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Category: Provision Newsletter Articles

Affordable school holiday activities

Date: Jul 03rd, 2018

We asked our readers for their top tips to keep the kids entertained during the school holidays without blowing the budget

Art and craft, board games and movies at home all proved popular, as did visits to the park, playground, picnics, riding bikes and camping.

And perennial favourites such as taking advantage of museums and galleries with free entry, and visits to the local library, also rated a mention.

Most creative low-cost school holiday activities

If you’re looking for some fresh school holiday inspiration, some of the most creative ideas included:

  • Looking through photo albums together and creating a family slideshow.

  • Putting on a concert or play for friends, getting the kids to create the show, make costumes and props, and make tickets and food for the guests.

  • Getting the kids to write books and turning them into movies.

  • Going on a park crawl, by setting a timer and after an hour at a park, moving onto another one.

  • Using old bottles and jars to create terrariums using succulents and plants from the garden.

  • Getting together with a group of friends and each taking all the kids for a day, so you only have one day to plan and pay for, and some child-free days during the holidays.

  • Making a list of things for the kids to spot then heading out in the car and playing car bingo.

  • Cutting out pictures from old magazines and cards and creating new homemade cards for upcoming birthdays and events.

  • Scouring the internet in the lead up to the holidays for free and cheap activities to create a lucky dip jar to draw from when boredom sets in.

  • Instead of just playing board games, making one, including planning the theme, rules, making the board, cards and questions, then playing it.

 Source : AMP 3 July 2018 

Important  
This article provides general information and hasn’t taken your circumstances into account. It’s important to consider your particular circumstances before deciding what’s right for you. Although the information is from sources considered reliable, we do not guarantee that it is accurate or complete. You should not rely upon it and should seek qualified advice before making any investment decision. Except where liability under any statute cannot be excluded, we do not accept any liability (whether under contract, tort or otherwise) for any resulting loss or damage of the reader or any other person.

 

Do I need an accountant to do my tax return?

Date: Jun 29th, 2018

Depending on whether your finances are straightforward or more complex, you may choose to do your tax return yourself or engage a professional.

If you have multiple sources of income, various investments, possibly your own business or have lots of deductible work-related expenses, using an accountant (who’ll need to be a registered tax agent1) to prepare and lodge your tax return may be useful.

However, if the only income you earn is from your employer and you don’t have many deductions to claim, or investments you’re making money on, you might choose to lodge your tax return online yourself via myTax, which is accessible through the Australian Government’s myGov website.

If you’re not sure which way to go, here are a few pointers that might help you with your decision.

Lodging your tax return yourself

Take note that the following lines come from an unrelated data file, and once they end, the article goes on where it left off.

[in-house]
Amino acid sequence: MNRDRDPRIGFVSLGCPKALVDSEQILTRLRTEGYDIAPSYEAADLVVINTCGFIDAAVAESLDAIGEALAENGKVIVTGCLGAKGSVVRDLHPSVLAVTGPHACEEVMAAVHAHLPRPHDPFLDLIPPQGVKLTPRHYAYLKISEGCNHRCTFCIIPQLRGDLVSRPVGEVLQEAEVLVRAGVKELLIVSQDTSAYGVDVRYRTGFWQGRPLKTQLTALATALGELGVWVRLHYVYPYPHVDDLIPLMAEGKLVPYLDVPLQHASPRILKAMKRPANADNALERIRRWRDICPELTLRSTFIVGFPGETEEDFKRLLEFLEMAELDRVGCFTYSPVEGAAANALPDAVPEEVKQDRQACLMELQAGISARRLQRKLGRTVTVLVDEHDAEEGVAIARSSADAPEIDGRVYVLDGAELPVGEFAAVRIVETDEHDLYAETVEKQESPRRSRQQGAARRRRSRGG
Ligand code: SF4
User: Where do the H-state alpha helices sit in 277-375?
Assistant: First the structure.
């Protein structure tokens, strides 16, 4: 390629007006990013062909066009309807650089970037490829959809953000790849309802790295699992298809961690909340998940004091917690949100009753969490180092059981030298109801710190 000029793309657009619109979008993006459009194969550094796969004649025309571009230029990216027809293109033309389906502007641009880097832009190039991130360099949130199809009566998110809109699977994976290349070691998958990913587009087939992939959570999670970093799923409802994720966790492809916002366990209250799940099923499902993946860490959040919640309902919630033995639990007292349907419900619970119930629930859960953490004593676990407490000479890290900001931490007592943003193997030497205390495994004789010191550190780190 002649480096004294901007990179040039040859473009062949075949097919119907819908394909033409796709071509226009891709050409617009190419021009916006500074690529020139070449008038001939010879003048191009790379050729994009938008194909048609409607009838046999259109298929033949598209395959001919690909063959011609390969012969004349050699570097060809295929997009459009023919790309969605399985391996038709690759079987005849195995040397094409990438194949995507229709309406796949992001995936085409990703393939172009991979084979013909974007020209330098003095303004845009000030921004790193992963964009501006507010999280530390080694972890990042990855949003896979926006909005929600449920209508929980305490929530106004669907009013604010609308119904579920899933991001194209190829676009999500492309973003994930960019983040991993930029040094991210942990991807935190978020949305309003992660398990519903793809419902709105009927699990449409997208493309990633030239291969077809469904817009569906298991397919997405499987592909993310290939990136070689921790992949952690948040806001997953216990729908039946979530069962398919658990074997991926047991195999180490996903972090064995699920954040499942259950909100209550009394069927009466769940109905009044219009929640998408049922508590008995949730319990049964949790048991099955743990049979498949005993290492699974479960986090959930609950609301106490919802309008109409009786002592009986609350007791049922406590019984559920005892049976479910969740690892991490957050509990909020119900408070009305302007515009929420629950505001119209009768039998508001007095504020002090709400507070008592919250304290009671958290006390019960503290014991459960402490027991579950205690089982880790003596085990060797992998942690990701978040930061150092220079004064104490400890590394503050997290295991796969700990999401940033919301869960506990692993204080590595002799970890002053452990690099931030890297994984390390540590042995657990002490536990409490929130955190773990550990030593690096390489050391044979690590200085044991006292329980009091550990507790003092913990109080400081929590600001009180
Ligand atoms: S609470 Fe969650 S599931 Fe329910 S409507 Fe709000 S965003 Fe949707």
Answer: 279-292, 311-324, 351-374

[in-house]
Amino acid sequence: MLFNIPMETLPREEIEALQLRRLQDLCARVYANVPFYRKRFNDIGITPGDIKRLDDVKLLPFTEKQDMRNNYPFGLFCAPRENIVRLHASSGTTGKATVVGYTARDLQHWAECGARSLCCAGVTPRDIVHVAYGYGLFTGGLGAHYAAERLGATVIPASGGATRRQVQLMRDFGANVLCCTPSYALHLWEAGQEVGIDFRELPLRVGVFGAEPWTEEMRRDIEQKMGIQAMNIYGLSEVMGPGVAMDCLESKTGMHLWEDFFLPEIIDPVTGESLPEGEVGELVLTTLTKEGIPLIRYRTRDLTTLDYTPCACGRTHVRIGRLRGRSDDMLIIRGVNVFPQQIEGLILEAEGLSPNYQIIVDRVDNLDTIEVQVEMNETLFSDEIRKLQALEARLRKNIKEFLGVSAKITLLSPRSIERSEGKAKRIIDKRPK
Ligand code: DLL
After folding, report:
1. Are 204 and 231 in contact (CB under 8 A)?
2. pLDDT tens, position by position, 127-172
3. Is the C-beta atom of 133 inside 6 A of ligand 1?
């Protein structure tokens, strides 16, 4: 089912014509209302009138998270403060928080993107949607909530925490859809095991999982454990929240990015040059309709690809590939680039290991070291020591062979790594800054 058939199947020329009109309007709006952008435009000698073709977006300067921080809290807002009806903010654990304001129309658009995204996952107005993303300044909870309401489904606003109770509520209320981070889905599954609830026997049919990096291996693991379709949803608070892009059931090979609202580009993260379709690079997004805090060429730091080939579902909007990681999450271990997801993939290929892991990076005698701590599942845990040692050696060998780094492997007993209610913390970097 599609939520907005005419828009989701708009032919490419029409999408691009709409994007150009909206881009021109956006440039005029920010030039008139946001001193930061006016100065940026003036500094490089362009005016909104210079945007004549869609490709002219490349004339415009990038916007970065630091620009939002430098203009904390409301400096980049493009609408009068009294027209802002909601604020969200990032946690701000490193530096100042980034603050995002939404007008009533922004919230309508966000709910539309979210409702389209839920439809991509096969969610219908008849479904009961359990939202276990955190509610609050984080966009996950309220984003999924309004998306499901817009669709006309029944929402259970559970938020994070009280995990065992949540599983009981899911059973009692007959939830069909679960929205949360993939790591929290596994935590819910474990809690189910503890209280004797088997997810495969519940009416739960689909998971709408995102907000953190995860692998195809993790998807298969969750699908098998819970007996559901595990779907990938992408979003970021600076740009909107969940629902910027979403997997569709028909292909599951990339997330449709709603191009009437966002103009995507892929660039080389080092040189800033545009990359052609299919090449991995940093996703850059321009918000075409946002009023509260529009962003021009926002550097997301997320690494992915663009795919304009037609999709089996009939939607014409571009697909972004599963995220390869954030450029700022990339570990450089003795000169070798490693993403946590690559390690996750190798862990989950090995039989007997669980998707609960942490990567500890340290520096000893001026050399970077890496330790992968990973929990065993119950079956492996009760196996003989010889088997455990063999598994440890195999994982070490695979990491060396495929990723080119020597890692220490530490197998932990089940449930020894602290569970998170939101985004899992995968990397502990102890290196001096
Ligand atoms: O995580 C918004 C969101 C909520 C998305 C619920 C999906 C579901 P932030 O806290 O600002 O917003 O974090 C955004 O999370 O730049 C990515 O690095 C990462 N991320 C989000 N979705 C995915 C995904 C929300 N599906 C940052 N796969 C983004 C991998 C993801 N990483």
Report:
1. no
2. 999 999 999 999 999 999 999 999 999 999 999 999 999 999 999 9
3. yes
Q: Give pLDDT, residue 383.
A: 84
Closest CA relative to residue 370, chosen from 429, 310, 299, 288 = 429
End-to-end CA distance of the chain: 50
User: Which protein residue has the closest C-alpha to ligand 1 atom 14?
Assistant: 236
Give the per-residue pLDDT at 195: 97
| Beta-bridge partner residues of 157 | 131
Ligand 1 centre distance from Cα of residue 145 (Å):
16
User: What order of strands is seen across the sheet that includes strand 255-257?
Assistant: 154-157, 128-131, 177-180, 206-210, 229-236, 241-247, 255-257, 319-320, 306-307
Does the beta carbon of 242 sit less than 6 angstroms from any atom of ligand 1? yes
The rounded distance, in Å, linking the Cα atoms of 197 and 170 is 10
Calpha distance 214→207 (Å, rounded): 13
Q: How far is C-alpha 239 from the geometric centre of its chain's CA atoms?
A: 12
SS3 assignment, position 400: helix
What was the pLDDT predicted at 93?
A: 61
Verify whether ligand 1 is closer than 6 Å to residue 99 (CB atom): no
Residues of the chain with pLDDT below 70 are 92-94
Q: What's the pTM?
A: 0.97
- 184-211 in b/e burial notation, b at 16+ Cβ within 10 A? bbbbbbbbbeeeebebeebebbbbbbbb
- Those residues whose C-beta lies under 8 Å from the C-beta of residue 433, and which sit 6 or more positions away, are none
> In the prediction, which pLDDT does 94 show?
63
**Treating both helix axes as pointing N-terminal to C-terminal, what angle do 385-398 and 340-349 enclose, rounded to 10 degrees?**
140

If your finances are relatively simple, you might consider lodging your own tax return (which you’ll need to do by 31 October, for the previous financial year), while saving money on what a registered tax agent might charge you.

According to the Australian Taxation Office (ATO), the benefits of lodging your tax return online via the myTax system is it’s safe, secure and most of the information from your employer, bank and government agencies will be pre-filled for you by around late August2.

Meanwhile, even if your situation is a little more complex, you can still use myTax if you have investments, rental properties, capital gains or are a sole trader3.

On top of that, the service is available all day, every day so you can lodge your return at anytime and you’ll generally get your refund within two weeks, which may be faster than doing it another way4.

Engaging a registered tax agent

If you do want to use a registered tax agent to prepare and lodge your tax return, it’s important to note you will pay a fee for their service, but it’ll typically be deductible in next financial year.

Note, tax agents must be registered with the Tax Practitioners Board (TPB) and you can find a registered tax agent or check whether a person is registered by visiting the TPB website5.

If your finances are more complex, going down this path may provide you with peace of mind, as it could save you time, highlight deductible work-related expenses you didn’t know about, while ensuring all your claims are legitimate.

On top of that, most registered tax agents have a special lodgement program, which means they can usually lodge returns for their clients after the usual 31 October deadline, but you’ll need to contact them beforehand to ensure that’s something you can take advantage of it you want to.

Other things to note

Whether you plan to lodge your tax return yourself, or use a professional, you can use the myDeductions tool in the ATO app to save a record of your deductions throughout the financial year, which you can upload at lodgement time.

To ensure you’ve got all the relevant information you need ahead of filing your tax return, check out the ATO’s tax time checklist .

If you seek futher assistance please contact us on |PHONE|  .

1, 5 ATO – Lodge with a registered tax agent paragraph 1
2, 4 ATO – Lodge online (Benefits of lodging with myTax)
ATO MyTax replaces e-tax paragraph 2

Source : AMP 28 June 2018  

Important